The Public Domain Review

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“O, Excellent Air Bag”: Humphry Davy and Nitrous Oxide

Wednesday 6 August 2014 at 18:53

The summer of 1799 saw a new fad take hold in one remarkable circle of British society: the inhalation of "Laughing Gas". The overseer and pioneer of these experiments was a young Humphry Davy, future President of the Royal Society. Mike Jay explores how Davy's extreme and near-fatal regime of self-experimentation with the gas not only marked a new era in the history of science but a turn toward the philosophical and literary romanticism of the century to come.


Cabinet Card Photographs from the Harvard Theatre Collection

Tuesday 5 August 2014 at 16:16

HOUGHTON LIBRARY, HARVARD UNIVERISTY - John Overholt shines a spotlight on a few examples from the eclectic lot of cabinet card photographs found in the Harvard Theatre Collection, a series of images which are currently making their way onto Wikimedia Commons courtesy of the Wikipedian in Residence scheme.


Made in the Trenches: a WW1 Magazine Created by Soldiers (1916)

Thursday 31 July 2014 at 18:14

A magazine-style book created in 1916 and composed entirely of articles and sketches contributed by British soldiers fighting on the front lines - an eclectic mix of stories, poems, cartoons and, littered at regular intervals throughout, a comic series of encyclopaedic entries for military terms.


Adriaen Coenen’s Fish Book (1580)

Tuesday 29 July 2014 at 17:25

Selected double-page spreads from Adriaen Coenen's exquisite Visboek (Fish Book), an epic 800 page tome on all things fish and fish-related. Coenen began work on this unique book in 1577, at the age of 63, and in three years gathered an unprecedented amount of information on the sea and its coasts, coastal waters, fishing grounds and marine animals.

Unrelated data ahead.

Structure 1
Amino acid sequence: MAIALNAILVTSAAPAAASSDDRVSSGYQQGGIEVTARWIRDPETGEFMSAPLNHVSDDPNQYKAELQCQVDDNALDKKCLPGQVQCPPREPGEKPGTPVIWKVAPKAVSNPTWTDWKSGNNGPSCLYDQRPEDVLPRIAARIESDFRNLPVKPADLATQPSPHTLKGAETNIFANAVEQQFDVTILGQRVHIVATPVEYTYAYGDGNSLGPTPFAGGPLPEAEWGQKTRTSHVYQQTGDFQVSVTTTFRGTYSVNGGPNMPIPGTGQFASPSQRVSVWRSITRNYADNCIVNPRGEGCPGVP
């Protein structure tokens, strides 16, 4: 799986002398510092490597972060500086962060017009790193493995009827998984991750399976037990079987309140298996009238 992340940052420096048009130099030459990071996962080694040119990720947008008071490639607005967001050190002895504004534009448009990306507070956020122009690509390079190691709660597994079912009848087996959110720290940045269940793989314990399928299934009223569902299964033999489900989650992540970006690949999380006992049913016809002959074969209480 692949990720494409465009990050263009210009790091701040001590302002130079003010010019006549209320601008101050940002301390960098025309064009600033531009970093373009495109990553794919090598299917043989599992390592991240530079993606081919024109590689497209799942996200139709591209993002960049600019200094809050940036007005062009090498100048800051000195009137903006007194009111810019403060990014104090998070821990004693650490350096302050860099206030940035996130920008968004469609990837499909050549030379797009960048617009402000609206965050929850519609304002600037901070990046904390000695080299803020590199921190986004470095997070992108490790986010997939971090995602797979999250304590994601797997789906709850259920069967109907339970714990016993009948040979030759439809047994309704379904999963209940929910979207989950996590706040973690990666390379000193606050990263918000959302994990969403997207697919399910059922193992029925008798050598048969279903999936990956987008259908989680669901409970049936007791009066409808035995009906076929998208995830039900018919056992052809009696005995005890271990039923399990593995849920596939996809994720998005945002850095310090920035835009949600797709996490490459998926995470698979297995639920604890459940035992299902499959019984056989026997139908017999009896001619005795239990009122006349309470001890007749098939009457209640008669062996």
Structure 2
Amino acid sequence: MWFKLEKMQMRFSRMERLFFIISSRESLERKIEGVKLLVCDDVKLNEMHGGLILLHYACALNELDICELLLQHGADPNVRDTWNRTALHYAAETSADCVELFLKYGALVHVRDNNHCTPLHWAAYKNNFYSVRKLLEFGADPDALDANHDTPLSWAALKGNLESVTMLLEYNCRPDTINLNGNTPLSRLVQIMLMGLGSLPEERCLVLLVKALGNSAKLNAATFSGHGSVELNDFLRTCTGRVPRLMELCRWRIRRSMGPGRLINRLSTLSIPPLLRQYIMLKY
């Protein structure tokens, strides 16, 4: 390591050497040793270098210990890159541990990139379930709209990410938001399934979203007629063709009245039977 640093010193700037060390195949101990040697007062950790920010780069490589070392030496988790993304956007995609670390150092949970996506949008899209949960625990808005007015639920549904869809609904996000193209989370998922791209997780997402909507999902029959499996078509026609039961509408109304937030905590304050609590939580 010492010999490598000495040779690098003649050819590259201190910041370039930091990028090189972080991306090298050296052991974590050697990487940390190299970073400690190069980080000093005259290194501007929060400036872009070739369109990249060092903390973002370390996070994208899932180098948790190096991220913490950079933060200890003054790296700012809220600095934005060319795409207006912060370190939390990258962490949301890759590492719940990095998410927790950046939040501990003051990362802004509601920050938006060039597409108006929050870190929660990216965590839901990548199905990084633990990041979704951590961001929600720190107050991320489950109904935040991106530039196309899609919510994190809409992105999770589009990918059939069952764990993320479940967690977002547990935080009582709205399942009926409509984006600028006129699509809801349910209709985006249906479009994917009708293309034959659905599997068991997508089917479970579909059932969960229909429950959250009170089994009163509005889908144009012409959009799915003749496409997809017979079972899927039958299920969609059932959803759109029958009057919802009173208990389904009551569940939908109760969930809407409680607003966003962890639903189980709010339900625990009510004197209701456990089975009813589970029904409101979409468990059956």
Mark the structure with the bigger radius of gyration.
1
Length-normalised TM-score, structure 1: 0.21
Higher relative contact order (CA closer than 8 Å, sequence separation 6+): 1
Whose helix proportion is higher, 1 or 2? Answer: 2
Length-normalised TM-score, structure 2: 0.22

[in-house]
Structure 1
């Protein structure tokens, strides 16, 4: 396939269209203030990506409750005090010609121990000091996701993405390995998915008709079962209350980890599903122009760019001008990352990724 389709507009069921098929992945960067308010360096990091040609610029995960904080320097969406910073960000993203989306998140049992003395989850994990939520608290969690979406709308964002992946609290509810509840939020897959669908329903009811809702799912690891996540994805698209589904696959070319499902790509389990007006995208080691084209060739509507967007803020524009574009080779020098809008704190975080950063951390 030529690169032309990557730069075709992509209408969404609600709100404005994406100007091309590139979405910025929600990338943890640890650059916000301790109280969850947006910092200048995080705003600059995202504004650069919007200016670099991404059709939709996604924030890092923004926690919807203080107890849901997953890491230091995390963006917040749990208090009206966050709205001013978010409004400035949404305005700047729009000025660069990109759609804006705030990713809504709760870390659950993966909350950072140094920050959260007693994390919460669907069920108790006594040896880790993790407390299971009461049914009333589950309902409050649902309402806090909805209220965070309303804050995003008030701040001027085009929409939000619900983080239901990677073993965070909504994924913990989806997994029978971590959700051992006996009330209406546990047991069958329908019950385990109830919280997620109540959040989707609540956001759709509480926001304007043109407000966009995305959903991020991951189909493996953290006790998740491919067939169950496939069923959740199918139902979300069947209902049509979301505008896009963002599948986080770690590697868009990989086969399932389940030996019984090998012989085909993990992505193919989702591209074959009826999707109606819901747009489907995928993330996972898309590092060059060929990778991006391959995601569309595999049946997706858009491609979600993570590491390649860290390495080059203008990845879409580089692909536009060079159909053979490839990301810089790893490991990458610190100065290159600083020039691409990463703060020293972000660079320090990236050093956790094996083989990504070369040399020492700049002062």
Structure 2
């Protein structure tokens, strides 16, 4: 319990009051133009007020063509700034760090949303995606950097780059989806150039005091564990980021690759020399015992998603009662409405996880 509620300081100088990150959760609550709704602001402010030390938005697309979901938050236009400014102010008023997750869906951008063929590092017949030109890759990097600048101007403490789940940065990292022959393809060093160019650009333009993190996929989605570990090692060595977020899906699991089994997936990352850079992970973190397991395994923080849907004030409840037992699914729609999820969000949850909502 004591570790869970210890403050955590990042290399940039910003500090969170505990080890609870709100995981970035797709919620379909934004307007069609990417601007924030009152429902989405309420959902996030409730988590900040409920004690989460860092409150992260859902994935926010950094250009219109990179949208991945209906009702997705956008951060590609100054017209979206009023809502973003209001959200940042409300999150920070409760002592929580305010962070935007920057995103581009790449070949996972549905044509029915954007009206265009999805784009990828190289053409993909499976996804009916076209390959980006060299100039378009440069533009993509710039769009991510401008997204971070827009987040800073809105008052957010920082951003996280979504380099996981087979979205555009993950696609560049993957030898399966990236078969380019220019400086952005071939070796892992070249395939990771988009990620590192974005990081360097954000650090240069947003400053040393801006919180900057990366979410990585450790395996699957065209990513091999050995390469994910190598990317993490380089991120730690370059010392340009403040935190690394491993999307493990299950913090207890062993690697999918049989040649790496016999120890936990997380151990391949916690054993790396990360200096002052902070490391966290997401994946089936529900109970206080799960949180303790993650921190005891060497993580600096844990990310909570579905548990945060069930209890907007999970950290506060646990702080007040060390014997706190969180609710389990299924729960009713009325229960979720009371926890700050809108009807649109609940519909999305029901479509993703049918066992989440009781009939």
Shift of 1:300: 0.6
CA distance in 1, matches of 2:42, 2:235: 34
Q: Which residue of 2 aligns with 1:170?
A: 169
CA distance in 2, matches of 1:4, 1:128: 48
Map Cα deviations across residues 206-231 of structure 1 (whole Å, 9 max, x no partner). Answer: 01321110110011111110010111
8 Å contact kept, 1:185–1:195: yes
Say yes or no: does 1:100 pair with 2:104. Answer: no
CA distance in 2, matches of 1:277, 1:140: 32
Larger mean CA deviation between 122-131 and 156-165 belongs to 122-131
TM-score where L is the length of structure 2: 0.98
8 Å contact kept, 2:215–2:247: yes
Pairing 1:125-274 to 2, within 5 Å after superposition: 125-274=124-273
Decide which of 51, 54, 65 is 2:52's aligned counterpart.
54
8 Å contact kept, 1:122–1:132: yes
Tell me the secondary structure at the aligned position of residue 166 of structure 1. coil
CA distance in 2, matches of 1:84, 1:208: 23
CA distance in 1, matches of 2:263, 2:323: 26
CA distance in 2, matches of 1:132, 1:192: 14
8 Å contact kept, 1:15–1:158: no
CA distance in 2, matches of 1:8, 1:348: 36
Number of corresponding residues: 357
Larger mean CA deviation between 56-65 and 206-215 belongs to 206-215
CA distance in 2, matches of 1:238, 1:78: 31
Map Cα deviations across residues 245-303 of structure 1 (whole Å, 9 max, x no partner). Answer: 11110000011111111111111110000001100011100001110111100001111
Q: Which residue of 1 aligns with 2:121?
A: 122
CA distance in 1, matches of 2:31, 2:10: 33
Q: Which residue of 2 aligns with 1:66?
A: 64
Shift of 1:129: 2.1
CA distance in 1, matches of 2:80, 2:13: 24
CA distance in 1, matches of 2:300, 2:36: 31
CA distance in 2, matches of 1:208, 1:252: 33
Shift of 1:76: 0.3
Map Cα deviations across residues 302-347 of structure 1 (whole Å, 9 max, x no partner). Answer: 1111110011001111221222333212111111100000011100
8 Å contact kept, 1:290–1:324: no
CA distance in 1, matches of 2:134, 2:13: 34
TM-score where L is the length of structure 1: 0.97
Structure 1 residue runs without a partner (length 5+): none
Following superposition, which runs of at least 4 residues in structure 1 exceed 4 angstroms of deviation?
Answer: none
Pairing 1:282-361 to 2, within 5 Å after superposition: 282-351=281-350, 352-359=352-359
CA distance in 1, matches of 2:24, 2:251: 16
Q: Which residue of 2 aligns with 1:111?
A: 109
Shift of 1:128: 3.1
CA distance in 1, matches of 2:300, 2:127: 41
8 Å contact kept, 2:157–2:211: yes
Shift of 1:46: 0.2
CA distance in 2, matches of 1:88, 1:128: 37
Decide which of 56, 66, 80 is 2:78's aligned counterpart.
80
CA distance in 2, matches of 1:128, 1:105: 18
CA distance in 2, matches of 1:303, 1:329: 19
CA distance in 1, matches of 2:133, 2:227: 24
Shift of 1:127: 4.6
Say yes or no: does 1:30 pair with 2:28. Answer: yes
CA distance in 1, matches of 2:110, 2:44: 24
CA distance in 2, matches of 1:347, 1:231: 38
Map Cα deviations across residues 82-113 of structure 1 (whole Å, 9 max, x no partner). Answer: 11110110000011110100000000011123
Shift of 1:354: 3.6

John Wanamaker recounts a Leo Tolstoy anecdote (1908)

Thursday 24 July 2014 at 15:54

Recording of the U.S. merchant, religious leader, and politician, John Wanamaker, recounting an anecdote of Leo Tolstoy, the man he banned as U.S. Postmaster General 18 years prior.


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Wednesday 23 July 2014 at 13:12

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The Tale of Beatrix Potter

Wednesday 23 July 2014 at 13:06

This year, the works of one of the most successful and universal writers of all time came into the public domain in many countries around the world. The Tale of Peter Rabbit, The Tale of Squirrel Nutkin, The Tale of Benjamin Bunny, The Tale of Jemima Puddle-Duck - in all, thirty-three books bearing the name Beatrix Potter have sold close to 200 million copies. Frank Delaney enquires into the more complex woman behind the safe and warm-hearted stories.


High Frequency Electric Currents in Medicine and Dentistry (1910)

Tuesday 22 July 2014 at 18:51

A selection of images from High Frequency Electric Currents in Medicine and Dentistry (1910) by champion of electro-therapeutics Samuel Howard Monell who claimed his high frequency currents of electricity could treat a variety of ailments, including acne, lesions, insomnia, abnormal blood pressure, depression, and hysteria.


Dame Talkative’s Old Sayings (ca.1824)

Thursday 17 July 2014 at 15:16

A book of wonderfully illustrated rhymes which, although they appear to be for children, often veer into the world of more adult themes.


Japanese Prints of Western Inventors, Artists and Scholars (1873)

Wednesday 16 July 2014 at 12:19

A set of Japanese prints depicting famous Western inventors and scholars - including Audubon, Carlyle, Watt, and Arkright - beset by various difficulties.